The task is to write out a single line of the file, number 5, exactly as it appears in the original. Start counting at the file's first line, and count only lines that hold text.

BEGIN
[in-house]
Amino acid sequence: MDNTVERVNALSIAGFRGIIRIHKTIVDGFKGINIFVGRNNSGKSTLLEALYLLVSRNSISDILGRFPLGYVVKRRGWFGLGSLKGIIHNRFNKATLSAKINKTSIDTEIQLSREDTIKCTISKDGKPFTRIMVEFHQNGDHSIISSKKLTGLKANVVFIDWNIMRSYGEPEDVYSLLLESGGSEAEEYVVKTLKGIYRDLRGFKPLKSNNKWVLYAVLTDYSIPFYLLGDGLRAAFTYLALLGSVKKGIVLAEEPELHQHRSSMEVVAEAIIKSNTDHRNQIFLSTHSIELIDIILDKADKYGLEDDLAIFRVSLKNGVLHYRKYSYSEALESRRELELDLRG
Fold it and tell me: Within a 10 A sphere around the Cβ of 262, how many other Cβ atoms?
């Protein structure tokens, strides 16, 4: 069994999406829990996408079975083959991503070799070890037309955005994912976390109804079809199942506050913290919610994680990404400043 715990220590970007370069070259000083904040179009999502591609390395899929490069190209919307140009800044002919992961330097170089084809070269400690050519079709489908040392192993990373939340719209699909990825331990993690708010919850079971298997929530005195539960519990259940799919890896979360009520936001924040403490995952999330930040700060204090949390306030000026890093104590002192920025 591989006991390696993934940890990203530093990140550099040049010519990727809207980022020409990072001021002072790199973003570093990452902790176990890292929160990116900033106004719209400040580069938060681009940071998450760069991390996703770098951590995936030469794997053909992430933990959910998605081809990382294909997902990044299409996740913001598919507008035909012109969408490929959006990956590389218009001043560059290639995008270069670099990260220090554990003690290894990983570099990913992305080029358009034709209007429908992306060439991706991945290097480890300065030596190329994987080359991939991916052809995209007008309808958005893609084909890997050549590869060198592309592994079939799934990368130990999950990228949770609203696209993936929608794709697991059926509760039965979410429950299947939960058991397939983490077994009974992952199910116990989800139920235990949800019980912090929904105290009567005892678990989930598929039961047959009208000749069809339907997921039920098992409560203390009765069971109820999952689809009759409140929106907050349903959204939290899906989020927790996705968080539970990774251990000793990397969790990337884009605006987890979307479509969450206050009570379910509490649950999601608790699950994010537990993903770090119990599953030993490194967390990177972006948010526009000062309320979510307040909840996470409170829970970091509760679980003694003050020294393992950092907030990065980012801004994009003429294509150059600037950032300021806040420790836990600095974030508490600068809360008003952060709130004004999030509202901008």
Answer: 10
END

Answer: 10